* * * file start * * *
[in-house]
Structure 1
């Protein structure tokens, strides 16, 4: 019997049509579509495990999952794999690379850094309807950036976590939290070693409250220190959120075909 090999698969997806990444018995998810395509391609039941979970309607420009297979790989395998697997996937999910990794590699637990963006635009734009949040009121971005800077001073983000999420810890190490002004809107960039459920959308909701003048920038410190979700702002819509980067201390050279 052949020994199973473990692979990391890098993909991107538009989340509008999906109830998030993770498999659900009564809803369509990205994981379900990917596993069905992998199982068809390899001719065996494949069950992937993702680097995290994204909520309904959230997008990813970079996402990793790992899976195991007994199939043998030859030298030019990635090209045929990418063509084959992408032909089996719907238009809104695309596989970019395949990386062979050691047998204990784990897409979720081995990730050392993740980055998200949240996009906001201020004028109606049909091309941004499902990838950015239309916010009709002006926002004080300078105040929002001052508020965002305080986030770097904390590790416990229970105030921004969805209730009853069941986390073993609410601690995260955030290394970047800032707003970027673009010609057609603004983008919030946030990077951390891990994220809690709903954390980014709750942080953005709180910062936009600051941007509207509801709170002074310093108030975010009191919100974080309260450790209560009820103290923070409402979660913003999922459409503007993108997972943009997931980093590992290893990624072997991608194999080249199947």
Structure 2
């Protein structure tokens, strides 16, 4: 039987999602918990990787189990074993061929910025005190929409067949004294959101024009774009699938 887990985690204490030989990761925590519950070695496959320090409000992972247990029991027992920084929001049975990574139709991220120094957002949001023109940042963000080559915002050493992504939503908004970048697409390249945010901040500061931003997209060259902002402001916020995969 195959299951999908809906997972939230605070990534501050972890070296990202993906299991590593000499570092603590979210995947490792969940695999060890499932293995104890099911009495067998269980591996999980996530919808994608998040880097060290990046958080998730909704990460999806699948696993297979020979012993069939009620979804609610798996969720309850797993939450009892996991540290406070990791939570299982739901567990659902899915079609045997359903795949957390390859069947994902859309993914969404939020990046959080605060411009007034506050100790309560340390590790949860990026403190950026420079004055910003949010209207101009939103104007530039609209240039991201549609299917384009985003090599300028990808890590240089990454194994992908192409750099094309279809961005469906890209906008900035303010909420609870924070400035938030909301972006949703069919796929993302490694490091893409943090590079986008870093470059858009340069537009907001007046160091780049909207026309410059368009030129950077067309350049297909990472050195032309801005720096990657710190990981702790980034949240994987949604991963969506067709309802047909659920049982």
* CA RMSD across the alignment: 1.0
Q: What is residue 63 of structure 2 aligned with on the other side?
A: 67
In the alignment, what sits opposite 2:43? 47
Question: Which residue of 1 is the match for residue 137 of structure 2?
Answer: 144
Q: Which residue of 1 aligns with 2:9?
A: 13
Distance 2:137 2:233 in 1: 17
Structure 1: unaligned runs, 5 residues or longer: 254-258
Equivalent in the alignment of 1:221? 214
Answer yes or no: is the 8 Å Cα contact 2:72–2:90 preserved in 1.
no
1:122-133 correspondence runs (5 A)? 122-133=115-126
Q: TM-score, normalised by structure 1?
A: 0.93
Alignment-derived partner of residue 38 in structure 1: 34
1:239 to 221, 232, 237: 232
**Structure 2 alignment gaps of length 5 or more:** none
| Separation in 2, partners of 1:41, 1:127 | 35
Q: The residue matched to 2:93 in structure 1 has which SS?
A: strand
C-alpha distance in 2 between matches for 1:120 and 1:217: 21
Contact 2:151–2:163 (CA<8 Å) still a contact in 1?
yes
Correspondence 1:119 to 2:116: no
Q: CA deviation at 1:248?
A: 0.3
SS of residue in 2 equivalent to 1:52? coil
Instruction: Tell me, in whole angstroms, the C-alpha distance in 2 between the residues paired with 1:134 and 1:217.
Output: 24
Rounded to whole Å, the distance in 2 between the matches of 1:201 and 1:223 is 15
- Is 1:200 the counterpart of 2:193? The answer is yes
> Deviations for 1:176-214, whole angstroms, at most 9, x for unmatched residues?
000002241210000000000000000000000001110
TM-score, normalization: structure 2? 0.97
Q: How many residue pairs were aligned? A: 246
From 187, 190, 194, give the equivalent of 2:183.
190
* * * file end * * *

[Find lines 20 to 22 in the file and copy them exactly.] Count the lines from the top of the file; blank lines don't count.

Q: TM-score, normalised by structure 1?
A: 0.93
Alignment-derived partner of residue 38 in structure 1: 34